Stan and Ollie

1 hr. 37 min. | Rated PG | Contains coarse language.

Starring: John C. Reilly, Steve Coogan, Shirley Henderson, Danny Huston, Nina Arianda

It could have been a standard by-the-numbers origin-story biopic — instead, Stan & Ollie looks at the legendary screen duo of Stan Laurel (Steve Coogan) and Oliver Hardy (John C. Reilly) as their career winds down. The emphasis here is on the way the funny bits in their lives come tinged with melancholy.
Born, like Stan, in Lancashire, England, Coogan nails the fussy mannerisms and mischievous wordplay of the British half of duo. Though Laurel was known as the writing brains of the team, he delighted in playing the fool to Ollie’s exasperated curmudgeon. Reilly, encased in a fat suit and a latex double chin, is staggeringly good as Hardy, never losing sight of the big man’s light-on-his-feet performing skills or the painstaking effort it took to make it look easy. Right before our eyes, Coogan and Reilly simply become “Stan & Ollie,” without ever letting the makeup, costumes and bowler hats do the acting for them. It’s a remarkable transformation.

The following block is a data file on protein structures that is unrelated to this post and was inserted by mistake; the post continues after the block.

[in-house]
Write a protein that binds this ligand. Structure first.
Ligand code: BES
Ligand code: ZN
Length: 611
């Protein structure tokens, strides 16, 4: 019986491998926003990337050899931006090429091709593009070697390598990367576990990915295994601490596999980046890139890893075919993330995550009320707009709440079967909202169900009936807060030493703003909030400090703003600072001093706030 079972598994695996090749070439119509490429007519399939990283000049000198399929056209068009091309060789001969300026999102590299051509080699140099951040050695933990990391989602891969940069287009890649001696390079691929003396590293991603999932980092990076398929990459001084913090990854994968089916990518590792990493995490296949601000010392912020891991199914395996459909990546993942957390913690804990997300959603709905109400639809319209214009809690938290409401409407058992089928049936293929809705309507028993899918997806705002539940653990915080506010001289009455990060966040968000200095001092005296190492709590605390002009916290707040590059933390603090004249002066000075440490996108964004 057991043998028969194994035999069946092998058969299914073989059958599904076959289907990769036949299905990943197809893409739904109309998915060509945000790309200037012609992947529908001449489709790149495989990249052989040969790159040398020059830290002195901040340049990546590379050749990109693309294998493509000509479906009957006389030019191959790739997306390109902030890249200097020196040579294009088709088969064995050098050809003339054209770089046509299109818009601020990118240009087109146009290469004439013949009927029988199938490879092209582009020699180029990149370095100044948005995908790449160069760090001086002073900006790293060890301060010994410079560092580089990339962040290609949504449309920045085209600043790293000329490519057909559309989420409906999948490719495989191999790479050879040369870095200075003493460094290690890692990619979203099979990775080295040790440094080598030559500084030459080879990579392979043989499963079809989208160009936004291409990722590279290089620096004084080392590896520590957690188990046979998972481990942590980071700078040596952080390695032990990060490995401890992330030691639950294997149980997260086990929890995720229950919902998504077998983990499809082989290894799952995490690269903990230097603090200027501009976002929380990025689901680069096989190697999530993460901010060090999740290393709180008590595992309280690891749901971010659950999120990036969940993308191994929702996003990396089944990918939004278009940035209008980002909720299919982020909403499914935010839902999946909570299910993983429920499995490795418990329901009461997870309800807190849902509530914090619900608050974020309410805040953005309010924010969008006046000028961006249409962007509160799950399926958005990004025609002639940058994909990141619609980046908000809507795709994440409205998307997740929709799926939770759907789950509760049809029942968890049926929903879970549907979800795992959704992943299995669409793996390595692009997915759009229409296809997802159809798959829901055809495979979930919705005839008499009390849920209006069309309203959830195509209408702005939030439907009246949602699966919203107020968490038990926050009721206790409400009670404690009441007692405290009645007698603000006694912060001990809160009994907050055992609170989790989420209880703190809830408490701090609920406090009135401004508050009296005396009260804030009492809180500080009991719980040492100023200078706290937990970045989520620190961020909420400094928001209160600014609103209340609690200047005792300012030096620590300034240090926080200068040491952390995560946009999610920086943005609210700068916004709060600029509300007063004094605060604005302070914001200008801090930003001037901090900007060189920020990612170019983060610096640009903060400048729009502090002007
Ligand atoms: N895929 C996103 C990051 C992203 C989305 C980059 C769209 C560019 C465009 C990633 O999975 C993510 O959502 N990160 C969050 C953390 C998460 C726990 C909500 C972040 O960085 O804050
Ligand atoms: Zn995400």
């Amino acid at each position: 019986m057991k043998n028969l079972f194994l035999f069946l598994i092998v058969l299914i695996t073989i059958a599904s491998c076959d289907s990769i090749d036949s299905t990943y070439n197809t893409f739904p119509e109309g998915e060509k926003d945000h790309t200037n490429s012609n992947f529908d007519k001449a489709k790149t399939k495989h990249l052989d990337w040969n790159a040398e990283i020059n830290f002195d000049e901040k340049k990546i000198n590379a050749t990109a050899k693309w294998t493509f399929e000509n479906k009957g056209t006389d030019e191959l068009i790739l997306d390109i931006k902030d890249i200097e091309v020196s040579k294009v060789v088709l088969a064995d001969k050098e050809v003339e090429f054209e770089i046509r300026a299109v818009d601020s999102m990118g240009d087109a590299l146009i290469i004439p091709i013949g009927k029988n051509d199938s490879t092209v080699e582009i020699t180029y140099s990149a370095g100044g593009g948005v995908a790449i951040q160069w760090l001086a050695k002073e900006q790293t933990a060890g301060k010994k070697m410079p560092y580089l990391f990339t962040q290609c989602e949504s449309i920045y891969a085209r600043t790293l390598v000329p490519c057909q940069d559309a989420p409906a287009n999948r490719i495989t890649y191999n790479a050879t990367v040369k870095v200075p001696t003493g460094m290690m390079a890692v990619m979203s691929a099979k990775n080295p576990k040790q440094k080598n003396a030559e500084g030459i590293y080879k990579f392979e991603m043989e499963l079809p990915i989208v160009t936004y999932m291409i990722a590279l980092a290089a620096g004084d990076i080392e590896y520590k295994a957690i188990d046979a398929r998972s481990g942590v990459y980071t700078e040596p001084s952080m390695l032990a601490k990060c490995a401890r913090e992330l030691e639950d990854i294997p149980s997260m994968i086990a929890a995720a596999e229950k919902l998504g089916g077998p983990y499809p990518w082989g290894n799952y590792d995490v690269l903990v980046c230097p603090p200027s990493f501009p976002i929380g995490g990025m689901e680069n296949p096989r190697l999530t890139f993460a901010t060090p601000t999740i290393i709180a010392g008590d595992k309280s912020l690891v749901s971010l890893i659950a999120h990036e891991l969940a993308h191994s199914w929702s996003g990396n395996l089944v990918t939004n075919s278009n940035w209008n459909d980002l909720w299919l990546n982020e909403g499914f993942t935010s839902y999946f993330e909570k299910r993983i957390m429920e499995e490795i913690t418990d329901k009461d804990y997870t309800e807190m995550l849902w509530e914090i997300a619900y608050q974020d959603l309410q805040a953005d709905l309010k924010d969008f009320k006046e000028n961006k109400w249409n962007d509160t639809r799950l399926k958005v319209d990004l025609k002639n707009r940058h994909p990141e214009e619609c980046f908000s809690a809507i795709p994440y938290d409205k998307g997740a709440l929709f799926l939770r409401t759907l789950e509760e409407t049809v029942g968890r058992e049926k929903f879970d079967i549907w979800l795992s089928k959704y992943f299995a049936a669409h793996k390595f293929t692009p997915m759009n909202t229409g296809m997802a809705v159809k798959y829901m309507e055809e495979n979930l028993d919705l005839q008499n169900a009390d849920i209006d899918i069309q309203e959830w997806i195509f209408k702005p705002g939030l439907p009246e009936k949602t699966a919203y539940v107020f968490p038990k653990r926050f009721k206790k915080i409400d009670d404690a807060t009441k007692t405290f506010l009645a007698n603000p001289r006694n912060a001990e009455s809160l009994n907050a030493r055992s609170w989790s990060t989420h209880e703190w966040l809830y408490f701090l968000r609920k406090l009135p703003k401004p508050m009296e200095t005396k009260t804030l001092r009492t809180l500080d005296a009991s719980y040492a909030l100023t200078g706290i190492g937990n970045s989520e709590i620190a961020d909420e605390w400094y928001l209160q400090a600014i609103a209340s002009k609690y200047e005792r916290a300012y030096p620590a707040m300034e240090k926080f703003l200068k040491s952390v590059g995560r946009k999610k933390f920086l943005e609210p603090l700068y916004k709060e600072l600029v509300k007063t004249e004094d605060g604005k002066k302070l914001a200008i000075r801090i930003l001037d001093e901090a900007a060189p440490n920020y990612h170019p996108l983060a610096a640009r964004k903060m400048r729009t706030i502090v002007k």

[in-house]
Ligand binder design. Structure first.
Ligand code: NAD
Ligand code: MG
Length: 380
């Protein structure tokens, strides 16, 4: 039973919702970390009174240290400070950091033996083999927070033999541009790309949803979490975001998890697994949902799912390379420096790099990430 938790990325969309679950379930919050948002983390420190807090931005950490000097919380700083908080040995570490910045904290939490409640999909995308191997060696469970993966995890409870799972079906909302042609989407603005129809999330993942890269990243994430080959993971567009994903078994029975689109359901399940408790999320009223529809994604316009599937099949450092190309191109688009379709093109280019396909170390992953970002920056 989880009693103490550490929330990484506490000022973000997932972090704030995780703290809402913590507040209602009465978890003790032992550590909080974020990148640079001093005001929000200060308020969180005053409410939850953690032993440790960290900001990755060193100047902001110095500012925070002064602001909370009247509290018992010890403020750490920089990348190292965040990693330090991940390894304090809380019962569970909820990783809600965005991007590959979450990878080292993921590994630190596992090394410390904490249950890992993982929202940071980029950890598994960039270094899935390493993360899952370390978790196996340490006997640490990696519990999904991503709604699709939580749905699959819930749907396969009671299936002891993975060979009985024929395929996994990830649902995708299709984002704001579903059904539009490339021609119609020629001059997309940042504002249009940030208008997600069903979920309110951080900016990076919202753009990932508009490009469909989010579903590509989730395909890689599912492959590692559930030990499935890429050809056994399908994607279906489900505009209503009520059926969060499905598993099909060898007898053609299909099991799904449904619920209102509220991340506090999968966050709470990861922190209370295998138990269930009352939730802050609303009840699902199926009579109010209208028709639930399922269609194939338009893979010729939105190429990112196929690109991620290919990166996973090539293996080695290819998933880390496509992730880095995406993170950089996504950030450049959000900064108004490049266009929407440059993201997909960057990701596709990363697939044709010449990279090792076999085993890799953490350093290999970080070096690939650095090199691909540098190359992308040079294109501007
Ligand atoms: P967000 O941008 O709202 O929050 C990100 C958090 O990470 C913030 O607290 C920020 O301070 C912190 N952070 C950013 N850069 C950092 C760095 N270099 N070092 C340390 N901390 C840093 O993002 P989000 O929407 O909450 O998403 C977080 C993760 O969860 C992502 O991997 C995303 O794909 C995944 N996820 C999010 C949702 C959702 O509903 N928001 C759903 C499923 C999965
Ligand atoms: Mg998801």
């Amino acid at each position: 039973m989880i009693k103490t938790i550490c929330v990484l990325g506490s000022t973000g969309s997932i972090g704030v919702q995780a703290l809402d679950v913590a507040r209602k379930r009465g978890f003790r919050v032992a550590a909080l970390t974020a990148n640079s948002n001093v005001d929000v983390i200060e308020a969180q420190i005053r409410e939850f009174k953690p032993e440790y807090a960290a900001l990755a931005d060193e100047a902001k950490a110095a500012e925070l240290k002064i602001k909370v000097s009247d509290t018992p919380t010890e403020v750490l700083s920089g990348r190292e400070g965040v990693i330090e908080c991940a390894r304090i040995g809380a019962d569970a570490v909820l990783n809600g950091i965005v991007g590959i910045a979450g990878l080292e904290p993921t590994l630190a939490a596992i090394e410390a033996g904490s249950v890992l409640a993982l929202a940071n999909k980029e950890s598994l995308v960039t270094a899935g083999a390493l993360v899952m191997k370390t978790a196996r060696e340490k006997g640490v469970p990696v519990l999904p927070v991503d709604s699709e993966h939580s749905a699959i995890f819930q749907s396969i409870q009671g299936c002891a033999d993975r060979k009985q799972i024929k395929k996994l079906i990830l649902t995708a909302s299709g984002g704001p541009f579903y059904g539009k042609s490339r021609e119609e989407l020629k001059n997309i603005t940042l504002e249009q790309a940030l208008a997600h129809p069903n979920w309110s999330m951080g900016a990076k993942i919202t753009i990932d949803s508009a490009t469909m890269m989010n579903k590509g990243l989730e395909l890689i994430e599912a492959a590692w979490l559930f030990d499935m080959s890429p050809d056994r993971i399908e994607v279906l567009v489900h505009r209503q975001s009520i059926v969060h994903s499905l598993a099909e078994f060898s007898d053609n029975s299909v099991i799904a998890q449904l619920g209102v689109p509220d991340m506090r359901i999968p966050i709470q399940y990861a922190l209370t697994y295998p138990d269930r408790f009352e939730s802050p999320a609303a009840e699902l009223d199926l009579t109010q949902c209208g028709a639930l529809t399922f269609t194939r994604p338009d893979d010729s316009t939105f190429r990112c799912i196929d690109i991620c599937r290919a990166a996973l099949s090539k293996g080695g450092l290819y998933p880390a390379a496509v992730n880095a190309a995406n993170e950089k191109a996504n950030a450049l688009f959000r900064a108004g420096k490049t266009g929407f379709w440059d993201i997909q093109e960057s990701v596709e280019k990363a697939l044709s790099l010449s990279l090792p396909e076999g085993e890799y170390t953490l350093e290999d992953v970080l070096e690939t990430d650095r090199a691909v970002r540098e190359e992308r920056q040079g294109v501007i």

Working from a warmly personal script by Jeff Pope (Philomena), the film follows the two comics on a tour through the British Isles in 1953. By this time, their fame had faded; Ollie is overweight and sickly, and their manager (an amusingly manic Rufus Jones) has booked them into half-empty theaters and music halls. It’s also made clear that Stan and Ollie rarely socialized in the years between. Still, the bond between the men grows stronger as they run through their old routines in front of live audiences.
Along the ride are their respective wives, ever alert to any slights to their husbands and battling each other for the upper hand. Shirley Henderson is a tiny force of nature as Ollie’s wife Lucille. A terrific Nina Arianda takes a different tack as Ida, Stan’s Russian dynamo of a spouse. The two wives engage in the same kind of prickly conflict as their husbands. And that situation gets worse when old resentments surface, such as the betrayal Stan felt when Ollie went off to do a film on his own. Yet the abiding love between these two men is never really in question.
When Stan was too ill to attend his friend’s funeral, he simply said, “Babe would understand.” And thanks to the award-caliber teamwork of Coogan and Reilly, we also understand. You don’t want to miss the pleasure of their company.

Rolling Stone

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Poster of Stan and Ollie